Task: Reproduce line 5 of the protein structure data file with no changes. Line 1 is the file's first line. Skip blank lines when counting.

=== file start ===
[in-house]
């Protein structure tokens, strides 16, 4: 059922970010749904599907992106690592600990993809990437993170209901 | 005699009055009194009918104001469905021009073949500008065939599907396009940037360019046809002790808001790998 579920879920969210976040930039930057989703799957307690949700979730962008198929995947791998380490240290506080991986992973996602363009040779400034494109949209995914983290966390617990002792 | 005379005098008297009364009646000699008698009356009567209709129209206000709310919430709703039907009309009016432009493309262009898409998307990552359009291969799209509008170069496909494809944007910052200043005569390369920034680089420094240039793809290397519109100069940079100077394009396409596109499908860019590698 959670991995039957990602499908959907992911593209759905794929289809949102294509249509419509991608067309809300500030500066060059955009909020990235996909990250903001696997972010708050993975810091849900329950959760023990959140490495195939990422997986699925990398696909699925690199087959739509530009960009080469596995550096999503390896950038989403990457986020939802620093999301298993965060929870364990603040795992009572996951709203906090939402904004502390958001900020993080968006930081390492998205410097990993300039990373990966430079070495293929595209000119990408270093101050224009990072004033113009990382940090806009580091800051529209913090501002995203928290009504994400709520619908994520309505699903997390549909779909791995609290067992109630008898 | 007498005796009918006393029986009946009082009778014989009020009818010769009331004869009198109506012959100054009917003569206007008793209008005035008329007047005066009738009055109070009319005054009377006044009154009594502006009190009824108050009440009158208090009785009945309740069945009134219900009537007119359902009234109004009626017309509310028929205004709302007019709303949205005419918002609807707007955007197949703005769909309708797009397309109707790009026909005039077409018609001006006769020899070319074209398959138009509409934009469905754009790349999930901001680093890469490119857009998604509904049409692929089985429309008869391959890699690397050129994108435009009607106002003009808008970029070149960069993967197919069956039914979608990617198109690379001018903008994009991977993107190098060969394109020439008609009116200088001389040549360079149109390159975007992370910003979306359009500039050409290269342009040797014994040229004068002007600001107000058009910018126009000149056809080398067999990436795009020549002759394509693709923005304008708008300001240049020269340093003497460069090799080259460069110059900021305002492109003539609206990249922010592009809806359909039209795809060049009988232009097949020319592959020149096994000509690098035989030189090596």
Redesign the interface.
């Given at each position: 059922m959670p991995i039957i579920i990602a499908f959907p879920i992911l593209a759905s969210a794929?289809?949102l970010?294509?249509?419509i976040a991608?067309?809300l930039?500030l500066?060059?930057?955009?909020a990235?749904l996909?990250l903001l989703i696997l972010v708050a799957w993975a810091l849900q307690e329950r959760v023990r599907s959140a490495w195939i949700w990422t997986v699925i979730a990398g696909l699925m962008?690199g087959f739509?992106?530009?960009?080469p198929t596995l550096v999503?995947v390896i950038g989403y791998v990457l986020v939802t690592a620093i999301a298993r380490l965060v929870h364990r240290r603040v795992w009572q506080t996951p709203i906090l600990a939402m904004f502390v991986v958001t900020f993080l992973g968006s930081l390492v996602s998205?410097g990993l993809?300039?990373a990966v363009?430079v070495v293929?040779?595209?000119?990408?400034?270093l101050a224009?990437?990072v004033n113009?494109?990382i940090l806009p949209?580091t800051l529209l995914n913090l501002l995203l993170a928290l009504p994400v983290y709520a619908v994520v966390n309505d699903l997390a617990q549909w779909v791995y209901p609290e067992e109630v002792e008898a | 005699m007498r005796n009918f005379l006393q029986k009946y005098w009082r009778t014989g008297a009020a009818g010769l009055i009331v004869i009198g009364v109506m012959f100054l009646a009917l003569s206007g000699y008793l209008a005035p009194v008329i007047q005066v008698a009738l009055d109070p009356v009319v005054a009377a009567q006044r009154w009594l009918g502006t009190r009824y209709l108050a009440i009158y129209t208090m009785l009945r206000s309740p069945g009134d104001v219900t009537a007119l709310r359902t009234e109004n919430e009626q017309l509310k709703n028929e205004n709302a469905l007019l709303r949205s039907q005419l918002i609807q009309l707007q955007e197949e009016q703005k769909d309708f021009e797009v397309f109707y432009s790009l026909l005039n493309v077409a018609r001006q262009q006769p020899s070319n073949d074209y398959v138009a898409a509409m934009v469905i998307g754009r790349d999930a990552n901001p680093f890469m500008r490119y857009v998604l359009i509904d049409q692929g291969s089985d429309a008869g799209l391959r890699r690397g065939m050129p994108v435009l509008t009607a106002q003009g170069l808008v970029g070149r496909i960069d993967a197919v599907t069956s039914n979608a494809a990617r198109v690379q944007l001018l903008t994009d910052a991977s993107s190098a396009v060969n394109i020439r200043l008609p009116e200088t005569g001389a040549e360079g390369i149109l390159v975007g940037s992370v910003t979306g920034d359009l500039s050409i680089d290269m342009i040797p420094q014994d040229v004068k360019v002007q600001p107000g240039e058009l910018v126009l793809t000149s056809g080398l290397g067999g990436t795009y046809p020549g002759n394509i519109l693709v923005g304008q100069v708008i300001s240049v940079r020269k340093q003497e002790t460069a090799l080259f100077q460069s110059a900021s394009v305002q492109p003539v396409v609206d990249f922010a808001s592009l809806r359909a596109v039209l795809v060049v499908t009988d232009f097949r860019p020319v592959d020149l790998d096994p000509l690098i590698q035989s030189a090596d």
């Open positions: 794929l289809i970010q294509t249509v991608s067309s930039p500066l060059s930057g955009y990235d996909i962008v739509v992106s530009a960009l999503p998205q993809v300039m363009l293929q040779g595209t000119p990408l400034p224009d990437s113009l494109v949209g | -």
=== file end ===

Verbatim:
């Open positions: 794929l289809i970010q294509t249509v991608s067309s930039p500066l060059s930057g955009y990235d996909i962008v739509v992106s530009a960009l999503p998205q993809v300039m363009l293929q040779g595209t000119p990408l400034p224009d990437s113009l494109v949209g | -």